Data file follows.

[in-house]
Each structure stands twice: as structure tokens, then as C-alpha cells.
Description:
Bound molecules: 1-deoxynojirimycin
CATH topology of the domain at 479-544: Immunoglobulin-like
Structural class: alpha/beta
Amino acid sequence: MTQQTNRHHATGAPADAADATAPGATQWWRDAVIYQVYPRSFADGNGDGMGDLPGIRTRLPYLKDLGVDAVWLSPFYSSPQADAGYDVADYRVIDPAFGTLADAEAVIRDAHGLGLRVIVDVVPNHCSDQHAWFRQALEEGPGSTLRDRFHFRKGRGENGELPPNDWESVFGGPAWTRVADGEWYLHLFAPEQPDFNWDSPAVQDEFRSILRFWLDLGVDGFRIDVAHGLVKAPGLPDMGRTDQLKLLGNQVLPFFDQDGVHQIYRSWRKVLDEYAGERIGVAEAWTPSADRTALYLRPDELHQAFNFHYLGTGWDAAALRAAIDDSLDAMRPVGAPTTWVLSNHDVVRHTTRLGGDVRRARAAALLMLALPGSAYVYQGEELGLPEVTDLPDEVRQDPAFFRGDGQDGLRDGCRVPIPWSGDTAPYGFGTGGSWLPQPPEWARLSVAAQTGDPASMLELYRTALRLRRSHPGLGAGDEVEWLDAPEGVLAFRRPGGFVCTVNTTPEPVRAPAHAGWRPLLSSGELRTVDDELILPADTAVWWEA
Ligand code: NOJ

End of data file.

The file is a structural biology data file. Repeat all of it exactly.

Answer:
[in-house]
Each structure stands twice: as structure tokens, then as C-alpha cells.
Description:
Bound molecules: 1-deoxynojirimycin
CATH topology of the domain at 479-544: Immunoglobulin-like
Structural class: alpha/beta
Amino acid sequence: MTQQTNRHHATGAPADAADATAPGATQWWRDAVIYQVYPRSFADGNGDGMGDLPGIRTRLPYLKDLGVDAVWLSPFYSSPQADAGYDVADYRVIDPAFGTLADAEAVIRDAHGLGLRVIVDVVPNHCSDQHAWFRQALEEGPGSTLRDRFHFRKGRGENGELPPNDWESVFGGPAWTRVADGEWYLHLFAPEQPDFNWDSPAVQDEFRSILRFWLDLGVDGFRIDVAHGLVKAPGLPDMGRTDQLKLLGNQVLPFFDQDGVHQIYRSWRKVLDEYAGERIGVAEAWTPSADRTALYLRPDELHQAFNFHYLGTGWDAAALRAAIDDSLDAMRPVGAPTTWVLSNHDVVRHTTRLGGDVRRARAAALLMLALPGSAYVYQGEELGLPEVTDLPDEVRQDPAFFRGDGQDGLRDGCRVPIPWSGDTAPYGFGTGGSWLPQPPEWARLSVAAQTGDPASMLELYRTALRLRRSHPGLGAGDEVEWLDAPEGVLAFRRPGGFVCTVNTTPEPVRAPAHAGWRPLLSSGELRTVDDELILPADTAVWWEA
Ligand code: NOJ